As a historian of the past and an observer of current affairs, the events of the past few days mark the turning of the wheel of time for me. The chakra has turned and how!
It is a time of revival and re-awakening of Bhartiya civilization, long in slumber, which will have a profound global effect on the 21st century of the common era.
I write in the context of the India-Middle East-Europe Economic Corridor (IMEC) which was announced at the G20 Leaders Event on the Partnership for Global Infrastructure and Investment on 9 September.
This is being seen as a response to the failing but globally ambitious Belt and Road Initiative of China.
Through this China had sought to bind countries across the world in exploitative and iniquitous infrastructure deals which have become deadly debt traps. IMEC is a strong riposte and alternative vision of global infrastructure.
The governments of Saudi Arabia, the European Union, India, the UAE, France, Germany, Italy and the United States of America have committed to work together to establish the India-Middle East-Europe Economic Corridor (IMEC).
The IMEC is expected to stimulate economic development through enhanced connectivity and economic integration between Asia, the Arabian Gulf, and Europe.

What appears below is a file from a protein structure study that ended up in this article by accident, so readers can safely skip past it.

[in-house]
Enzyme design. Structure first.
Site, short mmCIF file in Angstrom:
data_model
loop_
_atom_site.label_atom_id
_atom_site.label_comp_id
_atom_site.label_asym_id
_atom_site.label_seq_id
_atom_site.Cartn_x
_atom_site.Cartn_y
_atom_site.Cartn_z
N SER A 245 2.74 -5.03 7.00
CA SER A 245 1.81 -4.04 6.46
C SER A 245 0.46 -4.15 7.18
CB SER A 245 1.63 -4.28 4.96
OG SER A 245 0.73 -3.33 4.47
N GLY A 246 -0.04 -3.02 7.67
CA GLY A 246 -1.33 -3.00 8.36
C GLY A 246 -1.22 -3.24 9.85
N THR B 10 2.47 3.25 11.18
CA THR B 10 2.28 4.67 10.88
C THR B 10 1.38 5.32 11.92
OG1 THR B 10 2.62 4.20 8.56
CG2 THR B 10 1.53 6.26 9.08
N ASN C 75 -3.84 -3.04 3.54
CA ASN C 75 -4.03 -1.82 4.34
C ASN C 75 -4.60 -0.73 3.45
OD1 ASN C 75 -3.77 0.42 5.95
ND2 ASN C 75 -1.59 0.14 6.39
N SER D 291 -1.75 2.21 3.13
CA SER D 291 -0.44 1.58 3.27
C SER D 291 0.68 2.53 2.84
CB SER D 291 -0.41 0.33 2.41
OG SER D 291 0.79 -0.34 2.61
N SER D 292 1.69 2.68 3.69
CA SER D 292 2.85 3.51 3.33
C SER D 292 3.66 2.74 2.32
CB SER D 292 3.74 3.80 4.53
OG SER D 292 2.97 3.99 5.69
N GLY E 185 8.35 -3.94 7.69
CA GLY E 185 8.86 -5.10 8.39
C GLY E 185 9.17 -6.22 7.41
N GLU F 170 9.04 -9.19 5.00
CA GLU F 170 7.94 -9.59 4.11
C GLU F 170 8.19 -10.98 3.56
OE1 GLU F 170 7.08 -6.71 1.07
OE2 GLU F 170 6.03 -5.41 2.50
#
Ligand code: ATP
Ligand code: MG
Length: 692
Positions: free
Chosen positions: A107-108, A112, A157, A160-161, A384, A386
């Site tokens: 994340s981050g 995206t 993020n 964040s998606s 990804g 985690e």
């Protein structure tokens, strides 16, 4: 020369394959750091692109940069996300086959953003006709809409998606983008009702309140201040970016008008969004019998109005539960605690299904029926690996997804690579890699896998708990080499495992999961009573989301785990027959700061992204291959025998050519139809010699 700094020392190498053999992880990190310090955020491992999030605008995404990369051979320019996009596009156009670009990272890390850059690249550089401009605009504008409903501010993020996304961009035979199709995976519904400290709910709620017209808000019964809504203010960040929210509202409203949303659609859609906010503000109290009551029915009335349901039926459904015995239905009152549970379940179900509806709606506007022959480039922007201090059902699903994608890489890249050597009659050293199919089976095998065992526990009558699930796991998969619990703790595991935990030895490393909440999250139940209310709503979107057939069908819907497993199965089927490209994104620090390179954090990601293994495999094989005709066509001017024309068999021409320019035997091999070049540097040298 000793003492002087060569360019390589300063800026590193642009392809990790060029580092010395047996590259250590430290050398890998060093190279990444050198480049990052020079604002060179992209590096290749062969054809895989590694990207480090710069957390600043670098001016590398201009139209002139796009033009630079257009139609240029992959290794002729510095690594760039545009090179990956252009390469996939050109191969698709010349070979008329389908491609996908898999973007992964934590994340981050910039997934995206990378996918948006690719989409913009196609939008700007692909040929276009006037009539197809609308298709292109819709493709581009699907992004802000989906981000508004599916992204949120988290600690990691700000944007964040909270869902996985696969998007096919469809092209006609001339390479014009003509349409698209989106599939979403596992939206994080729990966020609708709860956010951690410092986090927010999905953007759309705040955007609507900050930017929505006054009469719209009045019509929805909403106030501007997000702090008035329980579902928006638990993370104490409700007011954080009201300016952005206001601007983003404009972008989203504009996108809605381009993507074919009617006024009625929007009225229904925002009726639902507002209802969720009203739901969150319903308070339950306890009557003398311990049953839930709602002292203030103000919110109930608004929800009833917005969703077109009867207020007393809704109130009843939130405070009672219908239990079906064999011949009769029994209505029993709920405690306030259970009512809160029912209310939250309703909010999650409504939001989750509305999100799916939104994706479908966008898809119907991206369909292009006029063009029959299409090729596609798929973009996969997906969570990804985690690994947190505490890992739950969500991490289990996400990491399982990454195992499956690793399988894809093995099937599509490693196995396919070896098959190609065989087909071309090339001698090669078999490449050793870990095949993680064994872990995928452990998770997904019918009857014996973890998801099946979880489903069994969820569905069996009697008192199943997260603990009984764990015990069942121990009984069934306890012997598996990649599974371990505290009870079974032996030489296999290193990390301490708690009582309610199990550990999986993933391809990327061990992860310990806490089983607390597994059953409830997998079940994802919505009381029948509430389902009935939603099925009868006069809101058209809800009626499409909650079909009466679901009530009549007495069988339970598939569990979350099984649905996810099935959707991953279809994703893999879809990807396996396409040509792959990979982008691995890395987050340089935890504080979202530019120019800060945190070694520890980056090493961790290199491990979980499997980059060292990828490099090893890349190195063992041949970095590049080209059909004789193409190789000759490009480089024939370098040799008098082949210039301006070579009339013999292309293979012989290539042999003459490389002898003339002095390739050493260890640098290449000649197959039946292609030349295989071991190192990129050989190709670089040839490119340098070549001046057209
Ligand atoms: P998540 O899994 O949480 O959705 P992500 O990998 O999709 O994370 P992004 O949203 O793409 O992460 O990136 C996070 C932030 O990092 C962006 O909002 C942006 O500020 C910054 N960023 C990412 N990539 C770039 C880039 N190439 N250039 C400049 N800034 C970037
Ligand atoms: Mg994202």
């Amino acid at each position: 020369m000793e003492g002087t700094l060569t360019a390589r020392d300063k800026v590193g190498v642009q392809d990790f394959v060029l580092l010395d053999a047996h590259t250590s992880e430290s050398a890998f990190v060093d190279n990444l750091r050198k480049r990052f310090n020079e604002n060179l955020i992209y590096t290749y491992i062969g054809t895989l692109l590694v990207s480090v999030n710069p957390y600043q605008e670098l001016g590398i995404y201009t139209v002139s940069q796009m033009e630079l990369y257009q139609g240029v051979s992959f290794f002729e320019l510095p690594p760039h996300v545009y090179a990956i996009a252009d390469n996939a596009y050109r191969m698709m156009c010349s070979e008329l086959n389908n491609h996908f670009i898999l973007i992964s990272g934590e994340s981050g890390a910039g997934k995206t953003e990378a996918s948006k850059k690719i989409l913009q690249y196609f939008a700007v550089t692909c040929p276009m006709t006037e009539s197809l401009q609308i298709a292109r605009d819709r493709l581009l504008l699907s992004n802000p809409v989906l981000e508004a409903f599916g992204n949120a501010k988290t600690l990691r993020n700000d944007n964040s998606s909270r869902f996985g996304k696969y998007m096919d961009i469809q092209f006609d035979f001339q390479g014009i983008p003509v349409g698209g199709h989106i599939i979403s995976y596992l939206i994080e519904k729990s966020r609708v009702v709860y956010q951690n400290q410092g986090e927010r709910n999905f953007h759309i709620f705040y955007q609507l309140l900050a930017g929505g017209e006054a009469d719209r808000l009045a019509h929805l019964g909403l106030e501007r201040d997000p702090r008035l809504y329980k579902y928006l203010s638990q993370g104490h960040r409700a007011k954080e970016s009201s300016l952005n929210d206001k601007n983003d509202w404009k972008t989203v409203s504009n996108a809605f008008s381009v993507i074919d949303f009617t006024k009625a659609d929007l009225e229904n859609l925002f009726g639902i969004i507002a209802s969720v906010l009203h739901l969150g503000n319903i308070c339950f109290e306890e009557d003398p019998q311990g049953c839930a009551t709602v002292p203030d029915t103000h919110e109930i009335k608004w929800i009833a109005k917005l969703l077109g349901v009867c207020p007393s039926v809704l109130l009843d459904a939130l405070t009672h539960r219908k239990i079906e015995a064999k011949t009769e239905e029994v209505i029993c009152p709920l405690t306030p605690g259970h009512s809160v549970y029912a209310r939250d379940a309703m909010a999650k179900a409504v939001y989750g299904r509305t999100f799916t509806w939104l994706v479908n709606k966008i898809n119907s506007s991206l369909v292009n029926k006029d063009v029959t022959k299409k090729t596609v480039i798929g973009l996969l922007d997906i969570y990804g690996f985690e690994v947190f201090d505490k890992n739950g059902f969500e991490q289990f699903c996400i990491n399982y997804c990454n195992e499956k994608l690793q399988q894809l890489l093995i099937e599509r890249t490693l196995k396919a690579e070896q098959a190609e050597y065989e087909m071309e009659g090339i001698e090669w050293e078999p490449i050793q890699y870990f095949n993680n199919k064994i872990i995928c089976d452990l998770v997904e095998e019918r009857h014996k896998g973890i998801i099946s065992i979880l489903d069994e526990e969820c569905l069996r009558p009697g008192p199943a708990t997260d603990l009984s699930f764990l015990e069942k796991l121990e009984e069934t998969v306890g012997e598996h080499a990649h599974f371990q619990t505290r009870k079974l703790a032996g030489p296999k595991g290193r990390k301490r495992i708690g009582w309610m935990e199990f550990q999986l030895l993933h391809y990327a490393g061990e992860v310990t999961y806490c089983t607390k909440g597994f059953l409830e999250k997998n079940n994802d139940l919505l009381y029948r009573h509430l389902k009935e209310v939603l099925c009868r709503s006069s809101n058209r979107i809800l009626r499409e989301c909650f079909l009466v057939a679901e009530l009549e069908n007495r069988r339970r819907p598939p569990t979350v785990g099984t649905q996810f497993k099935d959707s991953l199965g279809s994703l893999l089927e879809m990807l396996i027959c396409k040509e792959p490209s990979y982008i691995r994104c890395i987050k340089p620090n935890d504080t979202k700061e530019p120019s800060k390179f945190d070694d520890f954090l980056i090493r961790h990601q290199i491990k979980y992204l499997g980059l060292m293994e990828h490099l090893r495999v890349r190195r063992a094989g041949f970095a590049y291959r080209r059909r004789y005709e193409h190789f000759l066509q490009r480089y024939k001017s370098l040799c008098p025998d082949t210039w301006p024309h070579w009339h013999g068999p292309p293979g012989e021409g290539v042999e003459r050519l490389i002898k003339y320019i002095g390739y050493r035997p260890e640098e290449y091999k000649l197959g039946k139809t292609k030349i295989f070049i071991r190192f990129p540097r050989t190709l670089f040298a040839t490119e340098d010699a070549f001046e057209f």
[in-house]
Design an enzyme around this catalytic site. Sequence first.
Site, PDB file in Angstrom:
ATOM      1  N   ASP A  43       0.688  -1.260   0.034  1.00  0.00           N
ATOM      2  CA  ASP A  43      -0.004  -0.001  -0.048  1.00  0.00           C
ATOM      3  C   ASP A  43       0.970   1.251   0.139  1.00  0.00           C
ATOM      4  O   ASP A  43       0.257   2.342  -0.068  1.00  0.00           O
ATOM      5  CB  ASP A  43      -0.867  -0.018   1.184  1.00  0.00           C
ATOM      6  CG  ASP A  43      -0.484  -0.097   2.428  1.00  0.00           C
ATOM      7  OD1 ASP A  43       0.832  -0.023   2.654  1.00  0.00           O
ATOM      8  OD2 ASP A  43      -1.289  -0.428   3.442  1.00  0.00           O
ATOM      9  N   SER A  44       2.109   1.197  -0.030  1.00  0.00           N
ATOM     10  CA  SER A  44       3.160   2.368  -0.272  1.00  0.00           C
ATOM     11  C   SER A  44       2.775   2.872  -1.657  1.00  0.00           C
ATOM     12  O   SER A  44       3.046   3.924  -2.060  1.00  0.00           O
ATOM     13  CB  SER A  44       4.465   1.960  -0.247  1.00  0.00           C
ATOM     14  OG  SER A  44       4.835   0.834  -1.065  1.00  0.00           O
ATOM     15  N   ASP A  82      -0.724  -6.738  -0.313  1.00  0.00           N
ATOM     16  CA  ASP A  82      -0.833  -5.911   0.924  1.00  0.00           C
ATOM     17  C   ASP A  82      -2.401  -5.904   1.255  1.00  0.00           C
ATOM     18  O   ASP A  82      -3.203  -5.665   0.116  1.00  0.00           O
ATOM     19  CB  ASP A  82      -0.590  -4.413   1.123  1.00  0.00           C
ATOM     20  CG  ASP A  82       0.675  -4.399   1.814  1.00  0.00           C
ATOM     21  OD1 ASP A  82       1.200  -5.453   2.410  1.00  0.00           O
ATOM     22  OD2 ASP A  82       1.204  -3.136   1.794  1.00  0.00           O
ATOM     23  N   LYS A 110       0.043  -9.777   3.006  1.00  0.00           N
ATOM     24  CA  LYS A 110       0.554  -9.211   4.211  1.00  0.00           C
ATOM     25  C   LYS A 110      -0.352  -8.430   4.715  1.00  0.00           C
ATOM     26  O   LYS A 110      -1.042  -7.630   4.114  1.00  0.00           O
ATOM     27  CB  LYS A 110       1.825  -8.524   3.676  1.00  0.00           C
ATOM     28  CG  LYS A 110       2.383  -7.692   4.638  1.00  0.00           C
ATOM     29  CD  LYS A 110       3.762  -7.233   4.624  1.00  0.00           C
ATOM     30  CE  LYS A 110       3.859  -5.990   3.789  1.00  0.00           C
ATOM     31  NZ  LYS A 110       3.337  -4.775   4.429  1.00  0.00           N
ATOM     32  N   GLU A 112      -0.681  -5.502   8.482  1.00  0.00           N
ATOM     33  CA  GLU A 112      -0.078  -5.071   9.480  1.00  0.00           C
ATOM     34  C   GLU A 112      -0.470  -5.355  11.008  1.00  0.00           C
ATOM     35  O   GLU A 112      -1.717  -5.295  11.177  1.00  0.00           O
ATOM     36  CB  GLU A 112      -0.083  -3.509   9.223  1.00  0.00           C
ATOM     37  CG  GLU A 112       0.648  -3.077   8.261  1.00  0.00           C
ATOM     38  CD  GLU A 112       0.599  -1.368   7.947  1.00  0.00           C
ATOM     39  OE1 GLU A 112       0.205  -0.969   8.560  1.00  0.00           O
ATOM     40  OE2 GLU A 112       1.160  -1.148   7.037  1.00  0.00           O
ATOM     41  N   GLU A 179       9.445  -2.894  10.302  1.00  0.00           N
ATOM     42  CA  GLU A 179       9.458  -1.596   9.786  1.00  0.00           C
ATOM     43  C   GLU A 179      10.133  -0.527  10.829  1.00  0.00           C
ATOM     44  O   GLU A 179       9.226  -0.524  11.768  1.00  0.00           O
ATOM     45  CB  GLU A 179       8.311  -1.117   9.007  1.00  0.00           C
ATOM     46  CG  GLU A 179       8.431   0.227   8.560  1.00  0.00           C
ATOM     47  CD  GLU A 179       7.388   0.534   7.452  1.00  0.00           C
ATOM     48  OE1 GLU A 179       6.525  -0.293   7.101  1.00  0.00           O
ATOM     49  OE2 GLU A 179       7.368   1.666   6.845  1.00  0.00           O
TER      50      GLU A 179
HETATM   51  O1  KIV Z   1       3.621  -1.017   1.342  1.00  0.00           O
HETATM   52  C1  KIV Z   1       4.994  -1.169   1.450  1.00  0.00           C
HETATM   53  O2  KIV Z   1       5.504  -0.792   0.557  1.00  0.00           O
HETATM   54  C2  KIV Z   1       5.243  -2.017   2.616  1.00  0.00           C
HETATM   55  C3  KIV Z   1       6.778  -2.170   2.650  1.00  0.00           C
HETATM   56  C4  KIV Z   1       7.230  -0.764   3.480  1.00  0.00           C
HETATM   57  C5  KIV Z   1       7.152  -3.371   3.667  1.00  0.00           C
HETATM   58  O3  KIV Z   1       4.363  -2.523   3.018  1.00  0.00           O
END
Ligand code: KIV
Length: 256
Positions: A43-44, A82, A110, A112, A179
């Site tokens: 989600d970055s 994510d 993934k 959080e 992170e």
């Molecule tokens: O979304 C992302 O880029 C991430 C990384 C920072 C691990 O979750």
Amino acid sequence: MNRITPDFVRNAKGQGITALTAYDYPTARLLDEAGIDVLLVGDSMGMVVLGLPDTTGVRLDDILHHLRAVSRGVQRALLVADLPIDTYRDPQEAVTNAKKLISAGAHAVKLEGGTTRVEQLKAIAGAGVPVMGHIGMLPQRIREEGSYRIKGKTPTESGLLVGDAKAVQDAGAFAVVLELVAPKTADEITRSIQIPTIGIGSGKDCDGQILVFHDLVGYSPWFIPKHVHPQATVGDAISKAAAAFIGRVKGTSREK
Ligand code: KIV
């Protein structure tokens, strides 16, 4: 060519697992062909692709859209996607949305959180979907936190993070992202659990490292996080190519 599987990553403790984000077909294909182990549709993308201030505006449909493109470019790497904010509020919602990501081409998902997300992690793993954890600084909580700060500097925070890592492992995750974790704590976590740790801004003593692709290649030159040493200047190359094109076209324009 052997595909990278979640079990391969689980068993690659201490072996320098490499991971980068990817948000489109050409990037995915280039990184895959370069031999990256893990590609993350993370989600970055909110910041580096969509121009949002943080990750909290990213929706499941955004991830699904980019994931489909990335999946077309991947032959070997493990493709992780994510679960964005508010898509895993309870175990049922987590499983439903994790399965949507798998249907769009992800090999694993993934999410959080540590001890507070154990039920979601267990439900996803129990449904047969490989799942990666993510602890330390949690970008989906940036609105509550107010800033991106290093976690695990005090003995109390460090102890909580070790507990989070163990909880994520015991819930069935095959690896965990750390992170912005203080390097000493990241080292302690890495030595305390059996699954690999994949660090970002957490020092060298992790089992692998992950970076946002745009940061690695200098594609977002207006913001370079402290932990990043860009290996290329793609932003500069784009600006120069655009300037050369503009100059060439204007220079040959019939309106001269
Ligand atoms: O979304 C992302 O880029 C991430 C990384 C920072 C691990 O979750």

The IMEC will comprise two separate corridors, the east corridor connecting India to the Arabian Gulf and the northern corridor connecting the Arabian Gulf to Europe.
It will include a railway line that, upon completion, will provide a reliable and cost-effective cross-border ship-to-rail transit network to supplement existing maritime and road transport routes – enabling goods and services to transit to, from, and between India, the UAE, Saudi Arabia, Jordan, Israel, and Europe.
India is already an engine of global growth , IMF estimates 15 per cent of global growth will be powered by India in 2023. Going forward, there could even be a jump in private investment needed to realize long term growth dreams and objectives.
Can this IMEC be a harbinger to a recovery of Indian economic place in the world, can we look to a time when India contributes a third to world gross domestic product?
Time will be the judge; and a serious effort to maximize our resources, both human and material.